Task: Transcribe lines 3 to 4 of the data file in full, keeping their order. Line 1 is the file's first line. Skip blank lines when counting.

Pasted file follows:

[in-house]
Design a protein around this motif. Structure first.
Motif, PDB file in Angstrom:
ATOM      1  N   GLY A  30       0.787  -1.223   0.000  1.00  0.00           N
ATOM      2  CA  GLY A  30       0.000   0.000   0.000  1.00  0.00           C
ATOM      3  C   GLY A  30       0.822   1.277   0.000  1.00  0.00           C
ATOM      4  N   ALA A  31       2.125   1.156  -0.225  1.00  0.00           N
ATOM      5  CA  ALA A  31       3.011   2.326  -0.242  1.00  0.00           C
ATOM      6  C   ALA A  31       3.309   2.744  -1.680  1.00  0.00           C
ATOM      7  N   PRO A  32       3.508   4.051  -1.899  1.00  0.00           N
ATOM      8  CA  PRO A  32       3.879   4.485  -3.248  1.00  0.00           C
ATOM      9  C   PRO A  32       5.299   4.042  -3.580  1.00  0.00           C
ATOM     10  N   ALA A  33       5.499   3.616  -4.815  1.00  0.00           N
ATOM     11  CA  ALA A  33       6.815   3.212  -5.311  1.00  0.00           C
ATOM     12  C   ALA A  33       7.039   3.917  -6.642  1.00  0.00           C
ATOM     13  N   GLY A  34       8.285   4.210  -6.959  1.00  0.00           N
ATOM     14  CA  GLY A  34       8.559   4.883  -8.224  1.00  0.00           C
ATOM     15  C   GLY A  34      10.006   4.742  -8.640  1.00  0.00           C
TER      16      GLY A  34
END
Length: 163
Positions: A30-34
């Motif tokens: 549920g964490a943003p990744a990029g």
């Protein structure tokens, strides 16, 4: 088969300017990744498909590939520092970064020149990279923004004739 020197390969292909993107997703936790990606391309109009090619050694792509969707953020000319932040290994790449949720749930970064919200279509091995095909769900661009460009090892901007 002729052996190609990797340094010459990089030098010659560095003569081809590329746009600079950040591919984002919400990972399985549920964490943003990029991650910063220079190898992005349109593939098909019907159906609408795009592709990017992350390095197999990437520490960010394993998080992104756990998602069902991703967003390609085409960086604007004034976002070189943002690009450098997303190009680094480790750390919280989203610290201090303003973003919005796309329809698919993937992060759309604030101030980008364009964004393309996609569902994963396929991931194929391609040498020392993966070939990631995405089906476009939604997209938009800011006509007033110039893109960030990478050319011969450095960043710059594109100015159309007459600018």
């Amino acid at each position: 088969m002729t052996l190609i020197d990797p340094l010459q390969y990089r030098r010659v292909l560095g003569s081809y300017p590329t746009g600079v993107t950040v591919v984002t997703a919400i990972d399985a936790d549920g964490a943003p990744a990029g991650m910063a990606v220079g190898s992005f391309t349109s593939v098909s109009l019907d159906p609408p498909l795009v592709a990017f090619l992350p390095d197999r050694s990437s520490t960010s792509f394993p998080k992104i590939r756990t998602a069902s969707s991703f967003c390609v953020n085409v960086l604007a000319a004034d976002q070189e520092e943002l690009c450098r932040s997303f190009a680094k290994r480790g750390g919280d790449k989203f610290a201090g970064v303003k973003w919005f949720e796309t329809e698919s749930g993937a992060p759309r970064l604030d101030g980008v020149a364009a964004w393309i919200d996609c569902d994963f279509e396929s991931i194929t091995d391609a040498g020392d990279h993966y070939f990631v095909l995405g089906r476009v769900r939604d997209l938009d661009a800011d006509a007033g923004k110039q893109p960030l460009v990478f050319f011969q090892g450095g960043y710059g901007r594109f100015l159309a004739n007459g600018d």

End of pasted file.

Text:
Motif, PDB file in Angstrom:
ATOM      1  N   GLY A  30       0.787  -1.223   0.000  1.00  0.00           N